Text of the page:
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Innovations by emerging designers: the James Dyson Award 2019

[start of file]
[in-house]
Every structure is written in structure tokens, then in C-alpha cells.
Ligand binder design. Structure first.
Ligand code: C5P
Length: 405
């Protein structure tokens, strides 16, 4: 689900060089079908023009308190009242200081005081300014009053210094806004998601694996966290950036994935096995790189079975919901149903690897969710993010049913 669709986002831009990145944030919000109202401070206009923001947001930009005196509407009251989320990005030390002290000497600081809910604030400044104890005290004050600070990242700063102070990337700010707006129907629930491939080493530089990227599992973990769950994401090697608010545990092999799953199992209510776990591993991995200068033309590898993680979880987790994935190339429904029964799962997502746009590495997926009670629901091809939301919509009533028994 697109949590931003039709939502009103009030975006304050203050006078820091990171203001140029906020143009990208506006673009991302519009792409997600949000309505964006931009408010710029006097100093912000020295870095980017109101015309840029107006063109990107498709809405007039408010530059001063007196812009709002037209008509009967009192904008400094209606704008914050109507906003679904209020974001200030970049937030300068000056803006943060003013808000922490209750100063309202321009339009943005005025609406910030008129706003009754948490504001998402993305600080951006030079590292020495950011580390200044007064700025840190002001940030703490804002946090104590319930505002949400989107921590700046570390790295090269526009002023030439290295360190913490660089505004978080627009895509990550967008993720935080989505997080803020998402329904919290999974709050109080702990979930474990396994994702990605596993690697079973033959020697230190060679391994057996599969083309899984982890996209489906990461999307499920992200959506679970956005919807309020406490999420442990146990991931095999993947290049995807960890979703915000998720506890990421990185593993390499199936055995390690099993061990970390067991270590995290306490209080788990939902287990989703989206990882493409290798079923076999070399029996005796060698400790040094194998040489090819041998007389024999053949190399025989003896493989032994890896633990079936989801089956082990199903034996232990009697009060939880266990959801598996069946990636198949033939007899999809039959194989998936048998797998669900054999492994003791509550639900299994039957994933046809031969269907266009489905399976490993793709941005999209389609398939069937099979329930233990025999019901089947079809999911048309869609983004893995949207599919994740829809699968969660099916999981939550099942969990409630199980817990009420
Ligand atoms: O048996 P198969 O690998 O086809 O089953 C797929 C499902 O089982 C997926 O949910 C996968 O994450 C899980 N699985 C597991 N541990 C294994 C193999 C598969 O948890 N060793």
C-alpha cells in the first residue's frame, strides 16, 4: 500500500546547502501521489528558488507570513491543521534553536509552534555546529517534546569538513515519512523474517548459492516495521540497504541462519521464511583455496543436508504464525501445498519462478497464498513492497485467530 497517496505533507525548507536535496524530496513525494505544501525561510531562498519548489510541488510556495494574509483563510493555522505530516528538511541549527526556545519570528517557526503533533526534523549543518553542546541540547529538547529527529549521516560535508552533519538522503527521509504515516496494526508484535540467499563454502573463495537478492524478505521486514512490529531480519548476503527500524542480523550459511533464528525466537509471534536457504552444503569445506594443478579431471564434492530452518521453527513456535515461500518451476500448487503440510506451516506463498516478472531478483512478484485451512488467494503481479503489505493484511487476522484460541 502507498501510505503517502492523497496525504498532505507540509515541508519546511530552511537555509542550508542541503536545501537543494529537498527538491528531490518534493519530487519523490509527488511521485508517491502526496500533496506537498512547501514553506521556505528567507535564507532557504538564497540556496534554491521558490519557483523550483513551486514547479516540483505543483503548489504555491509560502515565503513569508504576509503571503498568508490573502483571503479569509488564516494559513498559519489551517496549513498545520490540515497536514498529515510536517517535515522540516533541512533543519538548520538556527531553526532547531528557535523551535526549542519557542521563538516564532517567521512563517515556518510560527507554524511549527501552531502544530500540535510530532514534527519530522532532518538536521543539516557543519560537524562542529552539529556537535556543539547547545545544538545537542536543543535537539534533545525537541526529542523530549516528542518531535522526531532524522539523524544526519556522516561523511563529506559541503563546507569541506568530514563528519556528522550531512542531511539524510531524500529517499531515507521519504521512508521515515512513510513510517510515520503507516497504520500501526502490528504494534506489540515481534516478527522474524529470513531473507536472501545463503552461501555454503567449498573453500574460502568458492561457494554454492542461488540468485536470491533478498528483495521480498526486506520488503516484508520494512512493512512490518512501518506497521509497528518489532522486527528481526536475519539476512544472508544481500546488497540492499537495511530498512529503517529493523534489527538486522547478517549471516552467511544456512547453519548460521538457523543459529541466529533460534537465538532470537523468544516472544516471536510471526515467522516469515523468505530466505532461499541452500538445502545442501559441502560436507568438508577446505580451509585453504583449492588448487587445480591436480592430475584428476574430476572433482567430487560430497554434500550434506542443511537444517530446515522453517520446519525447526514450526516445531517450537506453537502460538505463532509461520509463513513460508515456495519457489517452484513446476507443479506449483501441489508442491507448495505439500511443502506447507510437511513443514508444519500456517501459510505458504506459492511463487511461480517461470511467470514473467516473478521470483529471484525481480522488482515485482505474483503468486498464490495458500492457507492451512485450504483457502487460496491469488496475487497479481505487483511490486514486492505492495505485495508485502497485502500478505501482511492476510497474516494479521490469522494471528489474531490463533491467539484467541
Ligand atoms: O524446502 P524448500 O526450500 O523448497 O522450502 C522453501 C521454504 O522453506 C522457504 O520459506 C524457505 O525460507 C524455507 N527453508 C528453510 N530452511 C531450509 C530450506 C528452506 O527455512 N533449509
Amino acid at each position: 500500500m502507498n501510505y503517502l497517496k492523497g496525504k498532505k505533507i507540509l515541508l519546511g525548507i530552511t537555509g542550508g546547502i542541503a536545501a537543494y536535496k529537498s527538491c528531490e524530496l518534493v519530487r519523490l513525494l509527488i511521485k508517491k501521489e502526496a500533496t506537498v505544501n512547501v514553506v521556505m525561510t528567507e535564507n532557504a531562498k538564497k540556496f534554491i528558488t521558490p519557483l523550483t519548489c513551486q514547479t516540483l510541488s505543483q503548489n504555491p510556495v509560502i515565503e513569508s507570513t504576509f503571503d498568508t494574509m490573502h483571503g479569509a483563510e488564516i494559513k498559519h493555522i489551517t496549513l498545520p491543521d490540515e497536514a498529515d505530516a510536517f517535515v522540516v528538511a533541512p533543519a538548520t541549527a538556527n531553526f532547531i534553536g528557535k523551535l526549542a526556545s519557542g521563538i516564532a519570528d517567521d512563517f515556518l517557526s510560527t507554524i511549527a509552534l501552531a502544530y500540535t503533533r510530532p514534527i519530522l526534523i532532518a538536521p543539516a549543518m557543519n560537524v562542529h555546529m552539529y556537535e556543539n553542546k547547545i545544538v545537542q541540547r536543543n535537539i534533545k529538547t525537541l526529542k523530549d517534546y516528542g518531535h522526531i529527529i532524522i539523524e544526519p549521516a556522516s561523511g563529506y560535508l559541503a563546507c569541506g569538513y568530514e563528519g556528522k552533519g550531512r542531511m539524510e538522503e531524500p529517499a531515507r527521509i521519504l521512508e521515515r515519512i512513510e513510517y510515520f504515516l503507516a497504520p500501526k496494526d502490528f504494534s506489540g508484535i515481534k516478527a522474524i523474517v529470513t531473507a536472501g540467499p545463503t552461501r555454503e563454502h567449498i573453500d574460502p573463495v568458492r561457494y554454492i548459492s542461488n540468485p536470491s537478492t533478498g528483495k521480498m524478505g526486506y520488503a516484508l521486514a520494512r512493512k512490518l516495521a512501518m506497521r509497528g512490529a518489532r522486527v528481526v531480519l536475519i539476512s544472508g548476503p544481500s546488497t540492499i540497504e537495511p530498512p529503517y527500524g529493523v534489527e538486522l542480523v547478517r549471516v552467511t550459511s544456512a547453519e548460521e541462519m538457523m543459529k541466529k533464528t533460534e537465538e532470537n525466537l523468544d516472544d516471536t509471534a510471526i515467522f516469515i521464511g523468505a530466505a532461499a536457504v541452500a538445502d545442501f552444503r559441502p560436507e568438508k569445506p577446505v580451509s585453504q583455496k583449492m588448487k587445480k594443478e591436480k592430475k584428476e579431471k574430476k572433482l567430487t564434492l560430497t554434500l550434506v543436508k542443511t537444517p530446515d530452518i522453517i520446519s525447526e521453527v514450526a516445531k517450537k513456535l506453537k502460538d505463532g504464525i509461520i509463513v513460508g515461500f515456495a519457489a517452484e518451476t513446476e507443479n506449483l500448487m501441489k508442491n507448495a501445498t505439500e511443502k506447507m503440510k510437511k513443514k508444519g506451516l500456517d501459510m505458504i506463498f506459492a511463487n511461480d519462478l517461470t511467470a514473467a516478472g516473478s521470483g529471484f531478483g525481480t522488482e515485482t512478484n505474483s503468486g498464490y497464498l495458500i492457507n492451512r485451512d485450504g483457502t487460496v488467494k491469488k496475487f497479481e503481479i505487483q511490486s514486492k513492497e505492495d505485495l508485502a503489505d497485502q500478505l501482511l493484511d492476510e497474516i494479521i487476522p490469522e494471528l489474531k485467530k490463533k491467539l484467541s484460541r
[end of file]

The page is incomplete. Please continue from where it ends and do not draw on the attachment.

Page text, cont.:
For 15 years, the James Dyson Award has been searching the globe for technological and design solutions to current problems. One of the topics under intense debate at the moment is the use of plastic; where and how it is used, and how it is recycled. In her MarinaTex project, Lucy Hughes from the University of Sussex has developed an alternative bioplastic made from red algae and fish waste. The transparent, flexible film she has developed can be used to replace conventional plastic, such as packaging, for example. Based on her research, Lucy Hughes won the international James Dyson Award 2019, which comes with a cash prize of £30,000.

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